Adapt or Fail?

Adaptive Machining is fast giving manufacturers the golden opportunity to secure greater control, speed and accuracy when setting tools and controlling workpieces. David Mold, UK Managing Director of Blum-Novotest explains why…

Industry can be a difficult beast to change, especially if engineers believe they have already found the best way of doing things.

However, this is modern-day manufacturing we are talking about and standing still is no longer an option – the search to do things faster, better and more efficiently is changing perceptions and with it comes a major opportunity for ‘Adaptive Machining’. It has been around for some time, but with the new approach to improving and controlling manufacturing processes what does it mean for companies that make their living out of cutting and shaping metal.

In a nutshell, it is all about being able to measure and control the three main variables in the machining process, which are the cutting tools, temperature and the workpiece itself. Controlling these variables on the machine reduces the tried and tested method of setting tools off the machine or taking the workpiece off the machine to make the measurements on a Coordinate Measuring Machine (CMM).

We are focusing here on the measurement and control of the cutting tools. By utilizing on-machine tool setting systems means you can quickly tell if a tool is slightly off, meaning you can re-set or change the settings immediately before a component is damaged or ruined. The first thing we need to get clear is that this isn’t a new trend. In fact, Blum Novotest first invented the concept of using a laser system to set cutting tools way back in the 80’s – nearly thirty years ago. Up until then, machine tool users would set tool lengths and diameters either mechanically on the machine using devices such as slip gauges or setting blocks or a pre-set system off the machine.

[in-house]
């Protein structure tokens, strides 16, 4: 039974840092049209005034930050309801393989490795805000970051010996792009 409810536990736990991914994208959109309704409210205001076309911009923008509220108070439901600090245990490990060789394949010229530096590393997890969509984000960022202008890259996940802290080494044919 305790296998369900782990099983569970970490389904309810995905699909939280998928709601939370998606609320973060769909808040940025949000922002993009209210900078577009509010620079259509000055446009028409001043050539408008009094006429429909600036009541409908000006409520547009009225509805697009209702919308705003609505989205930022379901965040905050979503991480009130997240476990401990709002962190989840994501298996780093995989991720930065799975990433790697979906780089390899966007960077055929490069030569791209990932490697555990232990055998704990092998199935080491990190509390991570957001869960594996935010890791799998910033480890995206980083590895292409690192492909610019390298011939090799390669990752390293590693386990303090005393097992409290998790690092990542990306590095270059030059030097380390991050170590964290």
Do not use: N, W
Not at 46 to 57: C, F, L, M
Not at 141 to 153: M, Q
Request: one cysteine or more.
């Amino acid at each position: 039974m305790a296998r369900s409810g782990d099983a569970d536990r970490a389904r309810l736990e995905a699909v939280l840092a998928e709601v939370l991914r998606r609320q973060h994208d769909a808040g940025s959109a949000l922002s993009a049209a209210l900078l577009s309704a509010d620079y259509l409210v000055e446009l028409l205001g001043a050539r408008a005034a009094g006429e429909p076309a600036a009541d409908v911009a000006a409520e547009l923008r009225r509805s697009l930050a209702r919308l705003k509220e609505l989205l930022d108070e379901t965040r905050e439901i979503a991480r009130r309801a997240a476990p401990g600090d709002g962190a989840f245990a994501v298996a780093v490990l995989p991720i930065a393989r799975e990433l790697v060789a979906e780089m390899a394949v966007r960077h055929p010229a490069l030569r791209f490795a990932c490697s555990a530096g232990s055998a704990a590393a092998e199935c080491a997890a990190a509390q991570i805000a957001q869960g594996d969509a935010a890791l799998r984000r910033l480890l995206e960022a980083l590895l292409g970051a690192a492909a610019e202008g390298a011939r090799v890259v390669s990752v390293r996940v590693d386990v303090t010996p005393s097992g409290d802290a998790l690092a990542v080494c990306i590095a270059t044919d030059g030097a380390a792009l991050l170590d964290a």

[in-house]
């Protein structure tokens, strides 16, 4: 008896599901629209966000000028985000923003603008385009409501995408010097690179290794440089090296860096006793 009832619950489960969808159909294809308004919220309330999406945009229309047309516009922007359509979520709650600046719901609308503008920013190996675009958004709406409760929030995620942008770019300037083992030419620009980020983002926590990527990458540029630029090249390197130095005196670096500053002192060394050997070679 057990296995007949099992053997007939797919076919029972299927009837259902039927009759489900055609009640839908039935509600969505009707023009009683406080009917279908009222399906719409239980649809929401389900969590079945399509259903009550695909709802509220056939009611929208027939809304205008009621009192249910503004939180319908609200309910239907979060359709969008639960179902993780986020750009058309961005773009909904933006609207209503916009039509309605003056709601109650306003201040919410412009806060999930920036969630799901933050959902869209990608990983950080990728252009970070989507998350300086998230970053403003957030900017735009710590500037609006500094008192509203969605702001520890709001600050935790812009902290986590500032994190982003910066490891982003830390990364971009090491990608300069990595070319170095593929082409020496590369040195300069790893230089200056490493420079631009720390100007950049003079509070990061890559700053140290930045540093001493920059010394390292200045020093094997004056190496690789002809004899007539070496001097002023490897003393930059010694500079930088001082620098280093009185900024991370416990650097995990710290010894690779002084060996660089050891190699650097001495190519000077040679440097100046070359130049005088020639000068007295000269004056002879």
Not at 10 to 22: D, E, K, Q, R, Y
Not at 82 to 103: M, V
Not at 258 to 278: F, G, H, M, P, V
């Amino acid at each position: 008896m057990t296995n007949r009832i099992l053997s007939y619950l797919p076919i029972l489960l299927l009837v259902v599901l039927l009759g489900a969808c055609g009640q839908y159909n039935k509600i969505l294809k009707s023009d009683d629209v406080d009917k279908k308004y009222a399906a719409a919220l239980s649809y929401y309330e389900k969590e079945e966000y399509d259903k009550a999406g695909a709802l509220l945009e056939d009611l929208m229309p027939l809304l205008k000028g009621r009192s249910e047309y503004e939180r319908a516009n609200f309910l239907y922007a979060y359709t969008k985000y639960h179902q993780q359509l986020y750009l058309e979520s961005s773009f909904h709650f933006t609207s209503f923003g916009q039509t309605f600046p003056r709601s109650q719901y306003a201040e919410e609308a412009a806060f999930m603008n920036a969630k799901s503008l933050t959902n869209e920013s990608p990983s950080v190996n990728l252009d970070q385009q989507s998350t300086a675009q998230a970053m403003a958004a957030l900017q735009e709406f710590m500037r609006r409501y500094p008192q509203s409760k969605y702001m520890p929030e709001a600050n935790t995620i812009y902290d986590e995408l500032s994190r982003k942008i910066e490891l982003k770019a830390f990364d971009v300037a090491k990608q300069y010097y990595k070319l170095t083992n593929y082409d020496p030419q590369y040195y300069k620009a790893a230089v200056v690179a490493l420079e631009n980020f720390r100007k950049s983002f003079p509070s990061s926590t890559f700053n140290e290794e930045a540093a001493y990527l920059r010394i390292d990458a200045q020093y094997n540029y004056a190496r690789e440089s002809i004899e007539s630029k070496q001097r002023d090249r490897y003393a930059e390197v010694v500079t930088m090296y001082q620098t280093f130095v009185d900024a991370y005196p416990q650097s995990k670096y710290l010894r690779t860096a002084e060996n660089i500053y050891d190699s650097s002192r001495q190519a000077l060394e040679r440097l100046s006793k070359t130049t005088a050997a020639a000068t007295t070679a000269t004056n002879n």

This was satisfactory at that time due to the lower spindle speeds and the lower accuracy requirements, but as machine tools have got faster and accuracy increased over time, there was a growing feeling that this technique for tool setting would not be a suitable solution going forward.

The main reason for this thinking was, by setting tools mechanically on the machine, the spindle speed was zero. Indeed, when setting with pre-set systems off the machine not only was there no spindle speed, but also the tools were not clamped in the spindle.

When tools were then run in the machine at higher spindle speeds under clamped conditions, the tool data would be incorrect due to thermal expansion being created within the spindle – effectively making the tools longer and with a larger diameter.

The Birth Of The Solution

After years of research and development, Blum-Novotest’s experts hit on a solution of non-contact measurement within the machine by use of laser systems. The tool would be clamped in the spindle and rotated at the speed that would be used for cutting, with the laser completing the measurement in-situ. This recreates the exact conditions that would
take place during the actual machining and provides precise data and the most accurate results possible.

Of course, tool sizes and shapes change whilst machining is in process so today it’s imperative that these changes are automatically measured and corrected live whilst machining.
The Laser Control was born, but this was just the start. Over the years, this technology was enhanced and improved in response to user feedback to include additional features such as integrated tool cleaning, drip rejection technology and single point cutting tool monitoring so individual cutting edges could be checked.